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'We have the players to turn around difficult situations'

Say cheese: Mushfiqur Rahim and Steven Smith pose with the trophy Getty Images

Mushfiqur Rahim has said it will be hard to pick favourites ahead of the first Test in Mirpur, which begins on Sunday, with Bangladesh's home advantage evened out by Australia's recent positive results in the subcontinent.

Mirpur will be Bangladesh's first Test against Australia in 11 years, with no player in either squad having faced the other team. Australia have improved in subcontinental conditions since losing 3-0 to Sri Lanka last year, and competed tooth-and-nail in their last Test series in India, winning the first Test before eventually losing the four-Test series 2-1. Bangladesh, meanwhile, have taken steps in the right direction in the last two years, winning a home Test against England and then beating Sri Lanka in Colombo.

Mushfiqur said Bangladesh now had players capable of rescuing them from adverse situations, and that they wanted to prove this against Australia as well.

"It is hard to say who's favourites," Mushfiqur said. "We have more experience of these conditions than them, but they may also know how to play here. They won the first Test against India earlier this year. I think the two teams have 50-50 chance in this Test match. We have a relatively inexperienced bowling line-up than theirs. I think they have some experienced batsmen and bowlers.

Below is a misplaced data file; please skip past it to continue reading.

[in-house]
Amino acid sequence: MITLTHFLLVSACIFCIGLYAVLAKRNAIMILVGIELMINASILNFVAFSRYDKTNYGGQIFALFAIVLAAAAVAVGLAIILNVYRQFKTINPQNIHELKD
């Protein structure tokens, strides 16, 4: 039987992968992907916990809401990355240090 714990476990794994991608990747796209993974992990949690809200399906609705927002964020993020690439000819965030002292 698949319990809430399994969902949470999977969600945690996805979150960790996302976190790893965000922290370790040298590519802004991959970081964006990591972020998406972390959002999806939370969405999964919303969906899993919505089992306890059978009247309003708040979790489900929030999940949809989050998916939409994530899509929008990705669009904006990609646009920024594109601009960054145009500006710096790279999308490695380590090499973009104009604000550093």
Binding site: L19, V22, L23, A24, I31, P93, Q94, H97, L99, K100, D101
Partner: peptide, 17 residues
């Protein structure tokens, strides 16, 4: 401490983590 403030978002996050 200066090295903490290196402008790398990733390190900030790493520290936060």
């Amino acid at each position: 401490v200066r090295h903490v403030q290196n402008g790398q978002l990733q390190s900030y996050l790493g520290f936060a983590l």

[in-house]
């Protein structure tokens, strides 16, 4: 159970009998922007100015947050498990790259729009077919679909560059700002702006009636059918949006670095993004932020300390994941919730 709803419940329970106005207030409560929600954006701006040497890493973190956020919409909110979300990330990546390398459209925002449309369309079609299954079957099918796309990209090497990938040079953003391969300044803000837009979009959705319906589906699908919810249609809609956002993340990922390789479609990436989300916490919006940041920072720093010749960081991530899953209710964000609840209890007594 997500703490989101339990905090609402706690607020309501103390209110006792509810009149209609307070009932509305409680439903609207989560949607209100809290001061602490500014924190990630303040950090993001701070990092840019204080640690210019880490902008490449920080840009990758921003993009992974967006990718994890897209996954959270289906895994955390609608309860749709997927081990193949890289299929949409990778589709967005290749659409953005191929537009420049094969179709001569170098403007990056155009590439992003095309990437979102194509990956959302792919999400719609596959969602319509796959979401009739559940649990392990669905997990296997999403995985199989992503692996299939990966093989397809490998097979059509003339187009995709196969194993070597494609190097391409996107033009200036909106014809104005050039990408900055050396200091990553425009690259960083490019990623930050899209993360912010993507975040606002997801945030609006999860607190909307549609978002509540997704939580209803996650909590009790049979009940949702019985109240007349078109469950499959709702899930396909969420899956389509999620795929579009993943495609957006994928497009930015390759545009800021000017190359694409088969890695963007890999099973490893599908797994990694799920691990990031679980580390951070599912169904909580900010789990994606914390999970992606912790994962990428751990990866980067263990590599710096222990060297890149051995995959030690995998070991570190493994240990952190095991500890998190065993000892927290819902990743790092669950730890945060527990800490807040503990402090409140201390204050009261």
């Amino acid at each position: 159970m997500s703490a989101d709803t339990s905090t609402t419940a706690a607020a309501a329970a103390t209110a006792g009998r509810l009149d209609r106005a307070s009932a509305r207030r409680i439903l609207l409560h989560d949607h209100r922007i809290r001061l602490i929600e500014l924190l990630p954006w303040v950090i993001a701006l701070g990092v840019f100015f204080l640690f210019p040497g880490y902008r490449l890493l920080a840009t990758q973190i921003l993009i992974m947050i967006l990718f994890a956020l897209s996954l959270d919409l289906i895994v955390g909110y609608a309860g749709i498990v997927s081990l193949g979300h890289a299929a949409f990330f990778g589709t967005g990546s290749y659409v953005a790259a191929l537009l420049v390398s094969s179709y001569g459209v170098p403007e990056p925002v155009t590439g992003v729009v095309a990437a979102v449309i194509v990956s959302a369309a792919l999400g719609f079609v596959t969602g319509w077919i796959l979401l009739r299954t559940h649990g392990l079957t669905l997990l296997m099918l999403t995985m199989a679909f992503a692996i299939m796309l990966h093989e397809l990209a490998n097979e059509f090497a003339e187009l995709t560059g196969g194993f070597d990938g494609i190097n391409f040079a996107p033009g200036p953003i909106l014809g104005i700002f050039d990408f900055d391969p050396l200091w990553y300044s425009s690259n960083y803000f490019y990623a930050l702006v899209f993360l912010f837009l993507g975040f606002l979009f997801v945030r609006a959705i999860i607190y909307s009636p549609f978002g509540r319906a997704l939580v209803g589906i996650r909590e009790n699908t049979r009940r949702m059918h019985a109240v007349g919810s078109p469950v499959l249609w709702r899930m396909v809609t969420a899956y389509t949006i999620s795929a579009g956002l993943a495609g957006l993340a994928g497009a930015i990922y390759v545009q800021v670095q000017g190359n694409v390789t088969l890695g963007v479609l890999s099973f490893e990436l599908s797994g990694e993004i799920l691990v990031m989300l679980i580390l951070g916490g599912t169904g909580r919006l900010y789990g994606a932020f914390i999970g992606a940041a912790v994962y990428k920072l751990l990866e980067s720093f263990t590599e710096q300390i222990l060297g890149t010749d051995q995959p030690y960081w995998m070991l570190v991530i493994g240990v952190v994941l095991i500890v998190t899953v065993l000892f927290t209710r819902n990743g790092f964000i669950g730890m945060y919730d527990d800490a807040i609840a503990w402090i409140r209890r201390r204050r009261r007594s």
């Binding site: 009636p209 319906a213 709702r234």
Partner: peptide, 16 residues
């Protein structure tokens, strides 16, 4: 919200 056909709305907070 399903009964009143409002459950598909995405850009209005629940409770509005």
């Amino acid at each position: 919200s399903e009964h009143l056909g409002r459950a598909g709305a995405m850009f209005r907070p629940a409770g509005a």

"We have the belief that we have the players to turn around from a difficult situation. We have to start well since we are playing a Test after a gap, especially at home. It won't be easy playing against Australia who are a very professional side. We rarely get to play against such a top-quality side, so we want to make good use of this opportunity."

The weather, however, may have a big say in the Test match, particularly the rain that has been relentless in Bangladesh in the last two months. Mushfiqur said that the adverse weather might have made it difficult for the Mirpur curator to properly prepare the ground and pitches.

"It is hard to predict what will happen in the Mirpur pitch," he said. "The weather condition is quite different in this time of the year. But it is the same for both teams but we will have a better idea of what it will be like. How we apply ourselves will be more important.

"We can talk about the wicket at the end of the Test match. It was tough to prepare the wicket because of all the rain. The first innings will be crucial, whether we are batting or bowling."

Mushfiqur said Australia would know exactly what to expect at the Shere Bangla National Stadium, although he added that having their warm-up match washed out may have hampered their preparation.

"They would have got a better idea had they played the practice match. It is hard to understand how the centre wicket is going to behave by just doing nets. But the weather had the last word. They are a professional side so they know how to get the best out of training sessions."